Max argues that a moratorium is unlikely to be effective because countries like China and Russia are unlikely to comply. They may even take advantage of the pause to gain an advantage in AI research. He suggests that a better approach would be to encourage a degree of corporate confidentiality in AI research to prevent bad actors from catching up too quickly, while still allowing for progress in the field.
Max suggests that a moratorium may actually cause new problems. For example, it could result in a “hardware overhang” that would lead to even more rapid advances in AI once the moratorium ends. And a moratorium could pose significant socioeconomic costs, including hindering progress in biomedical research and life extension. Incremental and continuous progress may be safer and more effective.
Max doesn’t oppose all forms of regulation, however. He agrees with the CEO of OpenAI, Sam Altman, who has suggested that optimal decisions will depend on the details of ongoing development in AI. He opposes connecting powerful AI to potentially dangerous systems, and favors special-purpose AI over general AI. And he advocates for reasonable degrees of transparency in the industry.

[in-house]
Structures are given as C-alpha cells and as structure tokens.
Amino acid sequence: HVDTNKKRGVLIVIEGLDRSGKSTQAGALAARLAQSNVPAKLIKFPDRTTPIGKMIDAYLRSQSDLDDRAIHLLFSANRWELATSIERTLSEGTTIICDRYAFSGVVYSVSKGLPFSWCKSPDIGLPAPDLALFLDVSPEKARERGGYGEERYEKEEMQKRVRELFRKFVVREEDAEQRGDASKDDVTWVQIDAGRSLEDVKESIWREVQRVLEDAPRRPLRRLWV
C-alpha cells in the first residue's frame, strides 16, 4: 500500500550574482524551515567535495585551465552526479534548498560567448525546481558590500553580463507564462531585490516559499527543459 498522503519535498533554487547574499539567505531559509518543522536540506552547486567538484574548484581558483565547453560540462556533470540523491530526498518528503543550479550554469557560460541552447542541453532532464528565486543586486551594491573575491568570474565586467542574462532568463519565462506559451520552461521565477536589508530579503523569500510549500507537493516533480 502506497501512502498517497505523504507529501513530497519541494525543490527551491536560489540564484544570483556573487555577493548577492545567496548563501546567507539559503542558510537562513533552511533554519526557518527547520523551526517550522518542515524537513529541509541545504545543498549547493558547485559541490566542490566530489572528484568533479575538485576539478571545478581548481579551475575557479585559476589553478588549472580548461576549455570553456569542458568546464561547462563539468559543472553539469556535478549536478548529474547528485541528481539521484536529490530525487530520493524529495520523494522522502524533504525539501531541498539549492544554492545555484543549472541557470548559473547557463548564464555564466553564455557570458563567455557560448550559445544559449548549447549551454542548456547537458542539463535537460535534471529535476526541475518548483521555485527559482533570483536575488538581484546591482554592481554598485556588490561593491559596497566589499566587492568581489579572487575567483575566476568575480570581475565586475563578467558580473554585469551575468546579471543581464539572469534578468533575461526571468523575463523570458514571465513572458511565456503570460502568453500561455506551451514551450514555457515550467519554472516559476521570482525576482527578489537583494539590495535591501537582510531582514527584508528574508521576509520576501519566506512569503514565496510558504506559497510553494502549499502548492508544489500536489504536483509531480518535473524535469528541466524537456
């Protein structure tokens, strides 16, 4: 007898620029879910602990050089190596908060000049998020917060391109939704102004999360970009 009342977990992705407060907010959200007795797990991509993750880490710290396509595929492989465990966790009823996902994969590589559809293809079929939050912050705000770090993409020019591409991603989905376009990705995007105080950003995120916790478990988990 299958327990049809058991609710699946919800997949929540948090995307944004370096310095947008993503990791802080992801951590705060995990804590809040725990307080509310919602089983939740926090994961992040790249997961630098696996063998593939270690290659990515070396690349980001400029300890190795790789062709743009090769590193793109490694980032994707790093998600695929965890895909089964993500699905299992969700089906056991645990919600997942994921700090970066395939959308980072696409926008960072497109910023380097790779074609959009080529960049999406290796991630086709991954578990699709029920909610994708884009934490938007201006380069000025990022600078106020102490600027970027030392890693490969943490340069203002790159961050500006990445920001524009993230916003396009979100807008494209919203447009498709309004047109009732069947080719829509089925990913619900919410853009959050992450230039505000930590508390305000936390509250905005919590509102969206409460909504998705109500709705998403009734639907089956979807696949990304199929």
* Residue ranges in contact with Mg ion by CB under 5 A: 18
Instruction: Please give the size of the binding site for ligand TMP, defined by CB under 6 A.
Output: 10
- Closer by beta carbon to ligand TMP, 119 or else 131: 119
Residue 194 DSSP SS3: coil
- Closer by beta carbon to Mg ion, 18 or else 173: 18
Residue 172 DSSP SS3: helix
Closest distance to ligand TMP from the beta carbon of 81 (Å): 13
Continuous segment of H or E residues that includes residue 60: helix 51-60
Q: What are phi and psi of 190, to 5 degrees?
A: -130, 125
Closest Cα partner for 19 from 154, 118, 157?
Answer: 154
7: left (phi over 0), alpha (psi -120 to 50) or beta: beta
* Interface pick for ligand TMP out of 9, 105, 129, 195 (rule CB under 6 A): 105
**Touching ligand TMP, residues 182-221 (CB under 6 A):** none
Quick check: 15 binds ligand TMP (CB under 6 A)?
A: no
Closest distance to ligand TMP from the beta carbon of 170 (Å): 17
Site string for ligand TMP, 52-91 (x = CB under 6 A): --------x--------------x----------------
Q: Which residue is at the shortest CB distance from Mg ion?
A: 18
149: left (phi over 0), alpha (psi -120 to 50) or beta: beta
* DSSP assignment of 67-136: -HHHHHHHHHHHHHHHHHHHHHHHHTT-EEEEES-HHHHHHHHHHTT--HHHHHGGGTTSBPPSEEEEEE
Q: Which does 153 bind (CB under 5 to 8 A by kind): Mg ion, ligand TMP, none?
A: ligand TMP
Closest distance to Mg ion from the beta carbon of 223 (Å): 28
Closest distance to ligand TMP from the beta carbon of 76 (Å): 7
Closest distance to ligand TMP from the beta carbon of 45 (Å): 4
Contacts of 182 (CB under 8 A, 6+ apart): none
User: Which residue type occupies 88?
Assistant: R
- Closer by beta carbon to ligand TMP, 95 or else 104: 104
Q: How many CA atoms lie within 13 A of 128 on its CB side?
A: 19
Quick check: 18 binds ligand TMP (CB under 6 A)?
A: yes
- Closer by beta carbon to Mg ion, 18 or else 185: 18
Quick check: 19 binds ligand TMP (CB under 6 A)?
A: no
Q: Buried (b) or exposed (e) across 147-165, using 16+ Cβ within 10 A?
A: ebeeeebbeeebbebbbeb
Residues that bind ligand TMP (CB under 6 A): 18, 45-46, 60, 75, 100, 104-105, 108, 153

Finally, Max also challenges the idea that superintelligent AI is likely to harm humanity. He mentions the economic principle of comparative advantage as incentive for cooperation. And he points out that, even if humans wouldn’t have comparative advantage, there would probably be many competing AIs with conflicting goals. Thus, he concludes, the threat of a singleton superintelligent AI is greatly exaggerated.
AI Risk Is Momentous
I generally agree with Eliezer Yudkowsky about AI risk. It’s a momentous issue. This is a momentous time.
Unfortunately, he’s probably also right about the eventual destruction of humanity. That is, unless superintelligence aligned with human values already exists. And, if that’s the case, we may have a real chance at avoiding extinction and becoming superintelligent ourselves. The reasoning behind this is expressed in the New God Argument.
Such potential corresponds with Max More’s expectation that superhuman competition would probably lead to superhuman cooperation. That’s actually the gist of the Compassion Argument. So far as I know, Max stops there. But the practical and logical consequences don’t stop there.